Whenever you see a bee, the first thing you think is, “will it sting me?” It’s unavoidable. No matter how comfortable you are around bees, that anxiety’s in there somewhere. Likewise, if you’re going somewhere where you may see bees, you’ll think about how they might sting you. If you’re going to think about it, you might as well know how to avoid it.

Obviously, the best way to avoid bee stings is to avoid making bees want to sting you. Sounds easy enough, right? Don’t worry–for the most part, it really is. If you can avoid doing the things we list below, you’ll be able to avoid bee stings! …Probably. Well, at least you’ll be much less likely to incur a bee’s wrath. Which is… almost the same thing!

To avoid bee stings when you’re outside, DO NOT:

Approach a bee’s nest

This one’s obvious, right? If you see a bee or wasp’s nest, stay away from that thing! Bees and wasps usually sting to defend themselves and their homes. If you approach a bee’s nest, they could easily interpret you as a threat. If that happens, you don’t have to worry about one or two bees. You’ll have to worry about all the bees. Or you could just give that bee’s nest a wide berth! The right choice seems pretty clear.

Make sudden movements

Bees usually sting people for one of two reasons, and both of those reasons have to do with feeling threatened. They sting people who either wander too close to their nests… or startle them with sudden movements. If you see bees around you, try not to move too quickly. Don’t jerk toward or away from the bee, freak out, jump up and down, whatever. Instead, move away from the bee sloooooowly. If the bee knows you’re there and you’re not threatening it, it’ll probably leave you alone.

honeycomb

Throw things

This one sort of follows from the first two. Obviously, throwing something constitutes a “sudden movement.” You’ll startle bees with your sudden flying projectile and they’ll sting in retaliation. OR your sudden, flying projectile will collide with a nest. And you’ll have to answer for your crimes. To all the bees. If you see bees or especially a bee’s nest nearby, maybe just refrain from tossing that stone or stick. We get it–throwing things is fun–but “not being stung by a bee” is MORE fun, when you think about it.

Swat at the bees

It’s a surprisingly hard impulse to control, especially if the bee lands on you. When you see the bee buzzing nearby, something makes you want to slap it away. You should do whatever you can to avoid that impulse. If you lash out at a bee, you can’t exactly blame it for thinking of you as a threat. If the bee feels like you’re not leaving it a choice, it’ll retaliate against your swatting by stinging you. If you see a bee near or even on you, we recommend simply moving away from it slowly.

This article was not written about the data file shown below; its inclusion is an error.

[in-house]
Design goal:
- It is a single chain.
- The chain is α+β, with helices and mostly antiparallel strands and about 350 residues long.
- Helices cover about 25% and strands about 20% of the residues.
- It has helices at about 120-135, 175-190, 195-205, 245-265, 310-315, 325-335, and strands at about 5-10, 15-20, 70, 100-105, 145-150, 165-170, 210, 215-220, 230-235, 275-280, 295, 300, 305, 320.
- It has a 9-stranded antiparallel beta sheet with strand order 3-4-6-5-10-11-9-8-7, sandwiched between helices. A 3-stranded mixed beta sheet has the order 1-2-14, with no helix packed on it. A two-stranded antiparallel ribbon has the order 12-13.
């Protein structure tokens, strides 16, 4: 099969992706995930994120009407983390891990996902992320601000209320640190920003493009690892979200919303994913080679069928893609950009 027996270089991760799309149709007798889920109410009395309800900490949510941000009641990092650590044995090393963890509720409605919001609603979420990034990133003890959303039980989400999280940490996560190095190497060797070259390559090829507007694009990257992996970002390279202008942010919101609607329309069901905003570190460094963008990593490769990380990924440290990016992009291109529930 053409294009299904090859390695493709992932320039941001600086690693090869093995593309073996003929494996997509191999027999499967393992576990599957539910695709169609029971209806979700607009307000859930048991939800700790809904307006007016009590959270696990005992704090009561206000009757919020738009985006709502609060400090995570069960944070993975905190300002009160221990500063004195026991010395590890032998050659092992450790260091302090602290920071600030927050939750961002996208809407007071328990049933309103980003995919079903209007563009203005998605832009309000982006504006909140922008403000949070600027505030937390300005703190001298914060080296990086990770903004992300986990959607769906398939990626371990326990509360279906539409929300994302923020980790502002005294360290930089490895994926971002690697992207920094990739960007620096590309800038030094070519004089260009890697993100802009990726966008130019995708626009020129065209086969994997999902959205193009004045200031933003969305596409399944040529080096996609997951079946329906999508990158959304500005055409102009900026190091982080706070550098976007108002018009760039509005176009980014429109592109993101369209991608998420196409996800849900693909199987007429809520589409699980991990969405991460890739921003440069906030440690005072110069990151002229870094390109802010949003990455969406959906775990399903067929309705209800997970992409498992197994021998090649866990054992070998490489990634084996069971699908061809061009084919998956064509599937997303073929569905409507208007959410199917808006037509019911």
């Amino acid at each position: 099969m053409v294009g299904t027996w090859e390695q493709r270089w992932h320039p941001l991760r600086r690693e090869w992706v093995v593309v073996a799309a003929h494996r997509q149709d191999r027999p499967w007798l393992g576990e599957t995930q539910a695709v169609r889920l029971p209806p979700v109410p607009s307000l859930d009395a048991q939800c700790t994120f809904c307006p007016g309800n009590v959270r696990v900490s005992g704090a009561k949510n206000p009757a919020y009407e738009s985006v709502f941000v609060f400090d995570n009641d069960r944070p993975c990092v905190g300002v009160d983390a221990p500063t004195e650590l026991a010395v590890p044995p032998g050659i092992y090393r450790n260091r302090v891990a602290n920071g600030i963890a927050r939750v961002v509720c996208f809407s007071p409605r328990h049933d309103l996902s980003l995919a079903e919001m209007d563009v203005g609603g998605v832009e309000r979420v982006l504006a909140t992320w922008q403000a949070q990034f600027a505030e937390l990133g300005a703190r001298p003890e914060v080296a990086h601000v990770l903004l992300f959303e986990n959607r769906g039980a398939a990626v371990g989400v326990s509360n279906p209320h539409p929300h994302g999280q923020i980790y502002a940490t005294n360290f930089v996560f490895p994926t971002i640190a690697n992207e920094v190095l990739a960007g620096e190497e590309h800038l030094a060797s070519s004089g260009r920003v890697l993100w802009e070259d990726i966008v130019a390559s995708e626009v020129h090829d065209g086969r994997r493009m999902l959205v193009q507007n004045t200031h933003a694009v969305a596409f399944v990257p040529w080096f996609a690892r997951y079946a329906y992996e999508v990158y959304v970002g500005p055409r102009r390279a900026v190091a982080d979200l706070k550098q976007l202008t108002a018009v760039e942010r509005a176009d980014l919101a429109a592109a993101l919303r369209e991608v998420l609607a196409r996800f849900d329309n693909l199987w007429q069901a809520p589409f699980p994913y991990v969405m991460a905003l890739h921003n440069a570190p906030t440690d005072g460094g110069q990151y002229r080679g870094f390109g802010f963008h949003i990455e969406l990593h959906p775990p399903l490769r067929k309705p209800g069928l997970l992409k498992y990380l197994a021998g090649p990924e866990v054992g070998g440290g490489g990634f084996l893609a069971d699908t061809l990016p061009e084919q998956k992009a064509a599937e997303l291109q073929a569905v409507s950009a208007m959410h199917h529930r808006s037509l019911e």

Disturb nearby flowers

Pretty much everyone knows bees eat nectar and pollinate flowers. It’s just what they do. Therefore, you’re naturally much more likely to see bees around flowers. Anytime you’re near flowers, expect to see bees. In fact, we recommend keeping bees in mind around flowers, even if you can’t see them. Try not to trample or otherwise push around flowers. Not only is it not very nice to the flowers, but it might also startle a bee you can’t see. Bees tend to feel vulnerable when they’re eating, which may make them more likely to sting.

bees are attracted to sugar

Eat or drink sugary foods

If you’ve ever eaten a picnic outside, you probably know that bees are very interested in food and drinks. Bees and wasps are both attracted to simple sugars as a source of easy energy. Soft drinks, candy, alcohol, pastries, fruits, and other sugary foods will attract bees to you. If you startle them during their approach, they’ll sting you in self-defense. If you eating or drinking something sugary outside, do so quickly. Keep your food or drink in a sealable container, and dispose of it as soon as you’re finished. Most importantly, stay aware of your surroundings. The bee you can’t see is more likely to sting you than the one you can see.

Run away

Now, we get that you won’t always be able to help this. If a swarm of bees comes at you, you’ll probably try to get the heck out of there by instinct. The problem is, running away might actually make you more likely to be stung for a couple of reasons. After all, it’s a sudden movement. If there are any bees near you, you may startle them with your sudden retreat. Bees might also interpret your speed as a threat to their nest, especially if you’re nearby. If you can help it, we always recommend moving away from bees slowly.

 

Next time you head out to a place where you may see bees, keep these simple guidelines in mind. As long as you don’t disturb them and give them some space, bees will pretty much leave you alone. They’re even less interested in stinging you than you are in being stung, after all.

These guidelines are great for going to places, but you shouldn’t have to follow them around your own home. If a bee colony built their home uncomfortably close to you, then you should call Griffin any time. Our experts can safely and humanely remove bee’s nests and make sure they don’t come back.

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